Nov 14, 2023
Edward S. & Ignas R.
Linux Touch Command: What It Is + Examples of How to Use It to Modify Timestamps
People usually associate the touch command in Linux with creating files. However, like many other Linux commands, it offers much broader functionality.
For example, Linux VPS users can use the touch command to change the timestamps of files or folders.
In this tutorial, we’ll go over the Linux touch command and talk about its options and use cases.
Linux Touch Command Options
Linux Touch Command Syntax
Important! Before proceeding, make sure to connect to your VPS via an SSH client such as Putty.
The syntax of the touch command is:
touch [options] [file_name]
Check out the table below for all the touch command options, also known as flags:
|-a||Change the access time|
|-m||Change the modification time|
|-c||Prevent creating a new file|
|-h||Change the symbolic link timestamp|
|-h||Change the timestamp for symbolic links|
|-t <stamp>||Modify the timestamp. In this case, <stamp> follows the date-time format|
|-d=<string>||Change the timestamp based on the date string|
|-r=<file>||Change the timestamp based on the reference file|
|-v or –version||Display the touch command version|
|–help||Display the help menu|
In Linux, every file and folder has a timestamp that shows when a file’s content or attributes were modified. There are three types of timestamps:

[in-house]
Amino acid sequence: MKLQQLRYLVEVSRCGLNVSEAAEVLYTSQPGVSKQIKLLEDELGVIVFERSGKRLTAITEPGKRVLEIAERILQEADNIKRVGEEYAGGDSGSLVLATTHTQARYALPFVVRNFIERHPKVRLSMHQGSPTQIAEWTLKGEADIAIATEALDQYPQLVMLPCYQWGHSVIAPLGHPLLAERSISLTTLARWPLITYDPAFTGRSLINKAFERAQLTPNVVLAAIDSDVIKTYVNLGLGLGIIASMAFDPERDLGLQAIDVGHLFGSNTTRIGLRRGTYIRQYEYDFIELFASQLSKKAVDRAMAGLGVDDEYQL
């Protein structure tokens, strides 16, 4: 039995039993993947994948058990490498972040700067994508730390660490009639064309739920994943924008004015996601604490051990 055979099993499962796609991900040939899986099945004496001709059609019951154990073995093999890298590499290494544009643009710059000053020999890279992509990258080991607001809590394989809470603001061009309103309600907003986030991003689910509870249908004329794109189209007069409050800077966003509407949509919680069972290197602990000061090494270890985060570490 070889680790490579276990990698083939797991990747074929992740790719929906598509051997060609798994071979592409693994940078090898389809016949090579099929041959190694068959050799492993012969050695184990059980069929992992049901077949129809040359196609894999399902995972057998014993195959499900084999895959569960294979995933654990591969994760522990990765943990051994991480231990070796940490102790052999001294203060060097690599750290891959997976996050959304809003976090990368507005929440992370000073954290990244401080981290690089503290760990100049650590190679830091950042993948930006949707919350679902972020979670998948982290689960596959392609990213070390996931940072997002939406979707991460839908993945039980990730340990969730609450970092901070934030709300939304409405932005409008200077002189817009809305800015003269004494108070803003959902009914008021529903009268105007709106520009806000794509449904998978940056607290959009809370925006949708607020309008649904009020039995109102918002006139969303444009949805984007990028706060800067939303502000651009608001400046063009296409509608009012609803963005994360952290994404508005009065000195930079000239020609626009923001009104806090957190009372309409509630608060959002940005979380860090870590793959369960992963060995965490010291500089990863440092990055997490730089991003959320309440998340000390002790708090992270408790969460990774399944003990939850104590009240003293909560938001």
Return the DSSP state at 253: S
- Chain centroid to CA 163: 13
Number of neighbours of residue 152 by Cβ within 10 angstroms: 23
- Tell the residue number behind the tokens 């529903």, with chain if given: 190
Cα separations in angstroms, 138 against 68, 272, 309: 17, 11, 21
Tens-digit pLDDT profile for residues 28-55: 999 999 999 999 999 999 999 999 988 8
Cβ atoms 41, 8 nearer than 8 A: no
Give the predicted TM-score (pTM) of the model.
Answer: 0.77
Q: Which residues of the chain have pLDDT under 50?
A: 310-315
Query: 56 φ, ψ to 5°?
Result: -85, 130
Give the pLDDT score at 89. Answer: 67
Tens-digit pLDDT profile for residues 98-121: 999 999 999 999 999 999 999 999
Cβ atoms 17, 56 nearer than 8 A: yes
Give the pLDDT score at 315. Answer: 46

- Access time (atime) – last time a file was read.
- Modification time (mtime) – last time a file’s content was modified. Like access time, it is also part of the file status metadata.
- Changed time (ctime) – last time a file’s metadata was changed. For example, permissions.
As a result, the Linux touch command is mainly used to manipulate file or folder access and modification time.
Keep in mind that there is no way to set or change ctime manually. Since atime and mtime are part of a file’s status metadata, changing atime or mtime of the file results in ctime, which is automatically set to the current time.
Linux touch Command Examples
Here are a few useful examples of the touch command on a Linux system.
Using touch to Create a File
If you use the touch command without any options, it will simply create a new empty file. If the file already exists, the touch command will update the access and modification times to the current time without changing the file contents.
Using touch to Create Multiple Files
It is also possible to create multiple files using a single touch command. To do that, specify the names of the files with spaces between them. It would look like this in the command line:
touch file_name1.txt file_name2.txt file_name3.txt
You can auto-generate file names using curl braces while creating multiple files, like in the following example:
The above touch command will create three files named file_name1.txt, file_name2.txt, and file_name3.txt.
Using touch to Change Access Time
To change the access time of a file to the current time, use the a option followed by the file name with the touch command like in the following example:
touch -a file_name.txt
Then, check the access time with the following command:
ls -lu file_name.txt
Using touch to Change Modification Time
The m option, along with the touch command, changes the modification time of a file to the current time:
touch -m file_name.txt